BOISE – Even a young mother’s anguish over her baby’s violent shaking and severe injury by a day-care provider couldn’t persuade a House committee on Thursday to endorse basic standards for all Idaho day-cares.
“I believed and trusted her,” Brandi Whaley of Twin Falls said of her carefully-picked day-care provider, whom she had interviewed and who sounded great. Passing around pictures of her injured baby, she told the lawmakers, “Although the day care provider was charged with felony injury to a child … she is still able to watch children if she wants to. … I would not want another family to have to go through what we did.”
After nearly four hours of testimony, nearly all of it in favor of the bill, the House Health and Welfare Committee put off a decision indefinitely on SB 1112, legislation to require all Idaho day cares with four or more unrelated children to be licensed and meet minimum standards, including criminal background checks for workers, minimum staffing levels and health and fire-safety requirements.
“It is imposing what I feel is too much regulation from the state down,” said Rep. Lynn Luker, R-Boise.
Said Rep. Steven Thayn, R-Emmett, “Regulation by itself won’t solve these problems. Regulation has a place, but if we don’t increase the role of the parents in the process, we’re not going to get to the heart of it.”
The bill, which earlier passed the Senate on a 30-5 vote, isn’t dead yet, but its survival is in doubt. During Thursday’s committee hearing, backers offered to limit it to just day cares with seven or more unrelated children, but even that didn’t garner support from a majority of the committee.
“I knew it was in trouble,” said Rep. George Sayler, D-Coeur d’Alene, who has proposed such legislation every year for the past five years. He had talked with members of the House majority leadership before the hearing, and was told at least one could live with the bill if it was limited to centers with seven or more kids.
“It’s still progress – it’s not what we would like, but in this climate, change is very incremental,” Sayler said.
Thirteen people testified in favor of the bill, and two, a former home day-care operator and a conservative Christian activist, testified against it. Those in favor included day-care operators, child advocates, parents, the mayor of Eagle, a victim-witness coordinator, a representative of the Catholic Diocese of Idaho, and a spokesman for the state’s health districts.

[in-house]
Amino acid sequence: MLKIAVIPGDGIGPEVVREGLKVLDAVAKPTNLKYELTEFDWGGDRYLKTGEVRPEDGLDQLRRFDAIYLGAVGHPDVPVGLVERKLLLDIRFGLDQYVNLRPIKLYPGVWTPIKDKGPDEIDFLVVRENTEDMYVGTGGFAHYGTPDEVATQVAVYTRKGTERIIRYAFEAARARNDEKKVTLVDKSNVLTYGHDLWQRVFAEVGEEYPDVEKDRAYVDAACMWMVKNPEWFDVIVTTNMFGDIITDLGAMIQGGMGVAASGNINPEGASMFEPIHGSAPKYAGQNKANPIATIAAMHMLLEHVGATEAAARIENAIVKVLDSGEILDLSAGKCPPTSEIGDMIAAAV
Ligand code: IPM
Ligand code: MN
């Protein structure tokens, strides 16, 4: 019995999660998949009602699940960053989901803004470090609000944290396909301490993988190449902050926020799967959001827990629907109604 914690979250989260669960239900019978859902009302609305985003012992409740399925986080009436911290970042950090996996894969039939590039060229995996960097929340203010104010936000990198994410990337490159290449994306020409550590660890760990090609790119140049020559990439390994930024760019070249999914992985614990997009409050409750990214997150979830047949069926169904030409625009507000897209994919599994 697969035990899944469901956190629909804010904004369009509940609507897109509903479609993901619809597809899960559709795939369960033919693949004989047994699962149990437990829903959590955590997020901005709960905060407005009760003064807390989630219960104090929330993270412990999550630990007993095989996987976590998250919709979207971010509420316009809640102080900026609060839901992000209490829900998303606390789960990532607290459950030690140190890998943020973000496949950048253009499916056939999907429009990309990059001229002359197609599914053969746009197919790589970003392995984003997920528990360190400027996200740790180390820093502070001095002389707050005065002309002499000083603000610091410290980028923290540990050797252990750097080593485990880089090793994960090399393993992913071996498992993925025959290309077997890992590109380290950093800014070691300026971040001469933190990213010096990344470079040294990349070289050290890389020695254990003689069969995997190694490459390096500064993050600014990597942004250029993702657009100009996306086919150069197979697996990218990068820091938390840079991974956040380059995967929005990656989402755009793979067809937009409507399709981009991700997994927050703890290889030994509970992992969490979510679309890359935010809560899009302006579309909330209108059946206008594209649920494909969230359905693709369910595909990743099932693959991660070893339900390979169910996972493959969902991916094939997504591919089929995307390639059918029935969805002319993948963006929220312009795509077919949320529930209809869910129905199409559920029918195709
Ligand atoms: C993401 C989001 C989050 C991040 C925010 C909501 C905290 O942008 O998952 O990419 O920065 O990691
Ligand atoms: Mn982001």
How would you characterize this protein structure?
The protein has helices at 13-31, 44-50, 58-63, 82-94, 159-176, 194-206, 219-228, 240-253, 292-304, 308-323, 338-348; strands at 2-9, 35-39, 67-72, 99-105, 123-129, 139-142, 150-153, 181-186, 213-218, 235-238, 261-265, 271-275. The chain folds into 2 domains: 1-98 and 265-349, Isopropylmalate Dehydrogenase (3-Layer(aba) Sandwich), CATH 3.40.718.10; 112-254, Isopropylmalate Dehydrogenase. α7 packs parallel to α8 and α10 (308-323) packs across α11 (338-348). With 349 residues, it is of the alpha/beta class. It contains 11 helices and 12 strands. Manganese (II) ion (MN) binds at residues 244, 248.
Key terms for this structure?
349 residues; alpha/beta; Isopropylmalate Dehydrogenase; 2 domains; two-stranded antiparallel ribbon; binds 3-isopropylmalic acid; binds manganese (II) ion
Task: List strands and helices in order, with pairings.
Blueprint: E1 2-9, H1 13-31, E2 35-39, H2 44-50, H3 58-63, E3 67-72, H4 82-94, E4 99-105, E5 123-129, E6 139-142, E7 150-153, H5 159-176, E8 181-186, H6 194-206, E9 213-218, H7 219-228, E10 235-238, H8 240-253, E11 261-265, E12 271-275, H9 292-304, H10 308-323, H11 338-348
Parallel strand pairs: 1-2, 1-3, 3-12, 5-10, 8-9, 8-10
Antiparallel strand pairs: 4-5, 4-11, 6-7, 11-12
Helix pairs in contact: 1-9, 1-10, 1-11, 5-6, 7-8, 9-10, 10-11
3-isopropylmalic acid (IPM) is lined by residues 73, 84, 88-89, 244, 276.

Whaley told the committee her day-care provider lied about being certified in CPR and first aid and had a history that included embezzlement. Whaley’s 5-month-old daughter suffered two broken ribs, a fractured arm, bleeding on the brain, blood pooling in her spine and hundreds of hemorrhages in each eye from the shaking.
Charlotte Mallet of the American Association of University Women told the committee, “This is not an issue of whether a child should be with a parent or in a child-care environment. In Idaho, three out of five children under age 5 are in child care settings. … This bill is for these children.”
More than 70,000 Idaho children go to day care. The state doesn’t license any day-care operations with fewer than 13 unrelated children, though some cities do, including Coeur d’Alene. For the past five years, social conservatives in the Legislature have blocked Sayler’s legislation for statewide licensing, with some saying mothers should stay home with their children.
The Rev. Bryan Fischer, one of the two opponents to testify, told the committee that parents, not the state, should decide what is adequate day care. “A state inspector may visit a day care center once a year - parents are in there every single day,” he said. “Parents are the ones that are in the best position to do the inspections that we’re talking about.”
Rep. Branden Durst, D-Boise, countered, “The fact of the matter is we can’t make a provider tell us the truth about whether they got a background check done. There’s only one actor that can make them do that, and that’s the state.”
Durst called for passing the bill as-is, but his motion died on a 4-12 vote. A move to send the bill to the House’s amending order to change it to apply only to centers with seven or more children died on a 7-9 vote, and then the committee voted for an indefinite delay on a voice vote.
Sayler said there’s widespread public support for the bill in Idaho. “It’s the very conservative ideology that we’ve run up against in the past,” he said.